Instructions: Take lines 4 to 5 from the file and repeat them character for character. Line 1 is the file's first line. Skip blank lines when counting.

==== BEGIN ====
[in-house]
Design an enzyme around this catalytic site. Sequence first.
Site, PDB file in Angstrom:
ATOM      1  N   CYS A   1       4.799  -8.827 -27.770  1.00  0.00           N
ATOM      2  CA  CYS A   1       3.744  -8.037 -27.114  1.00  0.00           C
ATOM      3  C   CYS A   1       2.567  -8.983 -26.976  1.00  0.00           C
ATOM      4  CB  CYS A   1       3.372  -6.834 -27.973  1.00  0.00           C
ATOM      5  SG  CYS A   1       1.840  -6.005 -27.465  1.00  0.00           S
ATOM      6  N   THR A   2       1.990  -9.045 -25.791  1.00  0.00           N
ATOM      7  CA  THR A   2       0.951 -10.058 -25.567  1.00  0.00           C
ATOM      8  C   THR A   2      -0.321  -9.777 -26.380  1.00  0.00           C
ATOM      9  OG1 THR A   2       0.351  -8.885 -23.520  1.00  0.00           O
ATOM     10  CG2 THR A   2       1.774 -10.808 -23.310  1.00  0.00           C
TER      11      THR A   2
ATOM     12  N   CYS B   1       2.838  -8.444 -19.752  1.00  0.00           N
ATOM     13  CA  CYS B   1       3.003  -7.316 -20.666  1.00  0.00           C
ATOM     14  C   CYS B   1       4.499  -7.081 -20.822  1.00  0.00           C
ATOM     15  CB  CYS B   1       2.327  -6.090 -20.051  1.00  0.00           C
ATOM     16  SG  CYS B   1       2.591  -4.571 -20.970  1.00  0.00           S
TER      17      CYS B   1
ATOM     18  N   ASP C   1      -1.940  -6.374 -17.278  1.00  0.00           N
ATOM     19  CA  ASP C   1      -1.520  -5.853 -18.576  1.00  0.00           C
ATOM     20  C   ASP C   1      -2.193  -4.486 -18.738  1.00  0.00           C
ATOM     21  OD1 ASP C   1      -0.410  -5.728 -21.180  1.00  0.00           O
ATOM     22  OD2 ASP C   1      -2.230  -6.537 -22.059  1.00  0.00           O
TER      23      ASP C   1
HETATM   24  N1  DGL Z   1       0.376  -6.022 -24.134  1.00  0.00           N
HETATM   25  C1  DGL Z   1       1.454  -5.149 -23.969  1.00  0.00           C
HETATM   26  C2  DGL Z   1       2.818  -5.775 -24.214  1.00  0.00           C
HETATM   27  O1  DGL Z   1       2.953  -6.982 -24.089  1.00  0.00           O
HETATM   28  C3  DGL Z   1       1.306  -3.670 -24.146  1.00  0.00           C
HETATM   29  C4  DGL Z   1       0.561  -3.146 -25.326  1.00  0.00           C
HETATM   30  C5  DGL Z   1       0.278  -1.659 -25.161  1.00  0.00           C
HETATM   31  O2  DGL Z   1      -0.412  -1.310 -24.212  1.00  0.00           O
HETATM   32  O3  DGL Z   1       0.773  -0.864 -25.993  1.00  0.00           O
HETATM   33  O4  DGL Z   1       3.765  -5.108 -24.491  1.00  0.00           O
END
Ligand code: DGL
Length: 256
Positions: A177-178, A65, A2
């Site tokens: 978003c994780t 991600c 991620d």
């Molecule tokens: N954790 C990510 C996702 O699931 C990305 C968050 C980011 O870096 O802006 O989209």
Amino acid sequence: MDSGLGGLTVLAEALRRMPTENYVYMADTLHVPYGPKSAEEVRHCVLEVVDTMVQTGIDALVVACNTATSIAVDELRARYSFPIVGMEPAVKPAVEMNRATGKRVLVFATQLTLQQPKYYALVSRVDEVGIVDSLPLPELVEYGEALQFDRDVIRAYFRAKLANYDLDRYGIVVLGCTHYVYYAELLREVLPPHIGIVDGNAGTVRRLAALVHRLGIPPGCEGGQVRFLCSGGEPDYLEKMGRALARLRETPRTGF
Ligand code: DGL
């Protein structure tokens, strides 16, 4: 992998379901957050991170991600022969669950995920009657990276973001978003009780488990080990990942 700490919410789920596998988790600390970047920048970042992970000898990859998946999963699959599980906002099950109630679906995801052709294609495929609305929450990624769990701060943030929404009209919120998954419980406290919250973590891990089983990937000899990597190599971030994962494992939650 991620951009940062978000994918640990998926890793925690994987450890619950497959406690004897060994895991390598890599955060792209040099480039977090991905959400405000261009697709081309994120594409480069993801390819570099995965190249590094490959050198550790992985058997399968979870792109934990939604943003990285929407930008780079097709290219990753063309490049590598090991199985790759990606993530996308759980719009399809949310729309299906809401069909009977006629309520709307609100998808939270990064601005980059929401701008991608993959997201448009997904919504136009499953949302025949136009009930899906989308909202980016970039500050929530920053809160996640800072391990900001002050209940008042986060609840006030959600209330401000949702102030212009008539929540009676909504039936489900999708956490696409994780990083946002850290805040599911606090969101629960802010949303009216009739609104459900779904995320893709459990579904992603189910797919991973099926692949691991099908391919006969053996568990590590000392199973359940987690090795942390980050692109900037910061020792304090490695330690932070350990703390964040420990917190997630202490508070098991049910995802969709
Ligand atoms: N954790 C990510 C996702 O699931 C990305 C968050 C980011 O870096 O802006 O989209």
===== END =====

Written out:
ATOM      1  N   CYS A   1       4.799  -8.827 -27.770  1.00  0.00           N
ATOM      2  CA  CYS A   1       3.744  -8.037 -27.114  1.00  0.00           C